321 F.2d 729
KAYO OIL COMPANY and Max Cook, Appellants,
Annette SAMMONS, Appellee.
United States Court of Appeals Fifth Circuit.
Sept. 4, 1963.
Thomas C. MacDonald, Jr., Tampa, Fla., for appellants.
E. B. Rood, Tampa, Fla., Wm. C. Grimes, Bradenton, Fla., for appellee.
Before CAMERON and WISDOM, Circuit Judges, and DeVANE, District Judge.
DeVANE, District Judge.
Annette Sammons, appellee, instituted a wrongful death action under Section 768.01, Florida Statutes, F.S.A., in the United States District Court for the Southern District of Florida, Tampa Division, against Kayo Oil Company, a corporation, and Max Cook, an employee of Kayo, appellants. Appellee claimed that her husband met his death in a motor vehicle accident through the negligence of appellant Cook while operating a tractor-trailer owned by appellant Kayo. Federal jurisdiction is based upon diversity of citizenship of the parties.
By answer appellants denied negligence of Cook and asserted contributory negligence of the decedent. Upon jury trial before the Court a verdict was returned in favor of appellee and against appellants and appropriate final judgment entered thereon. Timely post-trial motions were made and overruled and this appeal from the final judgment ensued.
The facts for the purpose of this appeal are quite simple. The decedent, while driving his truck north on Florida State Road 43 on July 2, 1960, at approximately 1:25 A.M., collided with the tractor-trailer owned by appellant Kayo, which was being driven south by appellant Cook. Decedent was alone at the time of the accident and met his death almost instantly. It is undisputed in this record that the point of collision was in the northbound lane or the lane in which decedent's truck lawfully belonged.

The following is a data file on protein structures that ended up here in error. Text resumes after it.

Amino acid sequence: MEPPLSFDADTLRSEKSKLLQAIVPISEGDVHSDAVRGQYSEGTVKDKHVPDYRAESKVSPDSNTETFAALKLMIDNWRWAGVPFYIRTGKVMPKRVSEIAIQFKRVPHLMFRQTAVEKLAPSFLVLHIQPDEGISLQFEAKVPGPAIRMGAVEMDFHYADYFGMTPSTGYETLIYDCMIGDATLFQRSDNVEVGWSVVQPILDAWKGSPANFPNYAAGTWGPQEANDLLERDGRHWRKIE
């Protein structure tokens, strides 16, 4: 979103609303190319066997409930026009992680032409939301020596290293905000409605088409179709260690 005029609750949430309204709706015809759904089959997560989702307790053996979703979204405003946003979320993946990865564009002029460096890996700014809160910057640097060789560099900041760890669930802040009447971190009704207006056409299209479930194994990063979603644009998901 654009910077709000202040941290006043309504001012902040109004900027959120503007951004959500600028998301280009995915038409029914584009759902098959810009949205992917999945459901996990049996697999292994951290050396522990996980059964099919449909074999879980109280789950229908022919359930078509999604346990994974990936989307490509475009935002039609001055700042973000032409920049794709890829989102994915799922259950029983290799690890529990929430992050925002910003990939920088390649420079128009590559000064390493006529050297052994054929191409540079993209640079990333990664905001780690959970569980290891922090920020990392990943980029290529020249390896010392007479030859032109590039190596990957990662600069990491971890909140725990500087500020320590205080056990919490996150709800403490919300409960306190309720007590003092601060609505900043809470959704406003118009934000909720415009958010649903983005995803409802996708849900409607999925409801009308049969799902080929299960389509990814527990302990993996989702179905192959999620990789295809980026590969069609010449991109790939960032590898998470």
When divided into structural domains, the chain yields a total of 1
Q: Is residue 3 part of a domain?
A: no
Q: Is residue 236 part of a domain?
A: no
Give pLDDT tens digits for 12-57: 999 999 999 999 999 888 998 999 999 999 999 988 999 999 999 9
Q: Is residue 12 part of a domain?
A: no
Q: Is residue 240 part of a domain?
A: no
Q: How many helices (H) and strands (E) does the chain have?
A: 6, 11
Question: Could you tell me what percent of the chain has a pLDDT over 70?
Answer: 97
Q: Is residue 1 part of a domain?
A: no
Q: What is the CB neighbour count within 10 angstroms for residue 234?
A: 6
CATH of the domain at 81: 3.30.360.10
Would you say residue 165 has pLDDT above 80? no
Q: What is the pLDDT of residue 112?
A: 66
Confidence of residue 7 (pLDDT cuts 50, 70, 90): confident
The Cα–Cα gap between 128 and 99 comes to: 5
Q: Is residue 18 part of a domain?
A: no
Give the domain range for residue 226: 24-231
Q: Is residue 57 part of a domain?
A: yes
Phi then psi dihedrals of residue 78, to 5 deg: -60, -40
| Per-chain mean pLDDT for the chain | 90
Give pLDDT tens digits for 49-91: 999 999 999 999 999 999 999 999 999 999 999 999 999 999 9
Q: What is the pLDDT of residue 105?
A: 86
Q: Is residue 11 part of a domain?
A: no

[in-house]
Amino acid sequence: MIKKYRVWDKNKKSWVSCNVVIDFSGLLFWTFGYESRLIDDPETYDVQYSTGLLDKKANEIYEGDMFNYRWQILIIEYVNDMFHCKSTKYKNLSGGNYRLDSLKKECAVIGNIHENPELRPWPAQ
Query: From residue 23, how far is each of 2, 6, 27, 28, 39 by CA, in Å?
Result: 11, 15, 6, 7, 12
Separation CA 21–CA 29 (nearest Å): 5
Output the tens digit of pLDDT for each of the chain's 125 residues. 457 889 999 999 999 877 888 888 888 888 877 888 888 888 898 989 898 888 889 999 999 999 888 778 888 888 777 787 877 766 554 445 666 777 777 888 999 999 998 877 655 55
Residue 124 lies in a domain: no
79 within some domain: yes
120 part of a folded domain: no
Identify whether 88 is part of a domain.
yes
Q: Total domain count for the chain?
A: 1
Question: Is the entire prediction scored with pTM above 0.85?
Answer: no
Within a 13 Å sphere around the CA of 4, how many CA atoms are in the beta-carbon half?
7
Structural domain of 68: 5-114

Appellant Cook was alone in his tractor and was the only eye witness to the accident. Cook explained his presence in the northbound lane as an effort on his part to avoid the oncoming truck of appellee's decedent after observing the lights of the same approaching him in his lane. He testified he waited for the truck to return to its proper lane as long as he could when he veered to the left into the other lane. He testified further that at the same time decedent turned back into his proper lane and he hit the decedent's truck headon in that lane.
Appellants' theory of the accident was supported by the testimony of an expert witness who testified from the physical facts as he found them to be by photographs and other evidence in the record. Conversely, appellee through an expert witness and the investigating highway trooper submitted evidence to the effect that the physical facts satisfied them that Cook negligently veered into the wrong lane and struck the truck operated by decedent in decedent's proper lane.
The width of the road where the accident occurred was 24 feet and the width of the shoulders on each side were 30 feet from the edge of the pavement. The shoulders were in good condition. There was no other traffic on the road and visibility was good. Appellant Cook testified that he was going 55 miles an hour at the time of the accident and that he knew the speed limit was 45 miles an hour. Cook also testified that he had driven the road previously.
Only two assignments of error are made. The first relied upon relates to the refusal of the trial Court to give requested instructions numbered 13, 14, and 15 concerning the legal effect of Cook's explanation of his presence in the wrong lane. Appellants contend on this appeal that these three instructions had been approved by the Supreme Court of Florida in other automobile accident cases and for this reason appellants were entitled to have them given verbatim as requested. The Court, while using in substance the essence of these instructions, gave them in its own language, declining to give instructions 13, 14 and 15 specifically in the language proposed by appellants.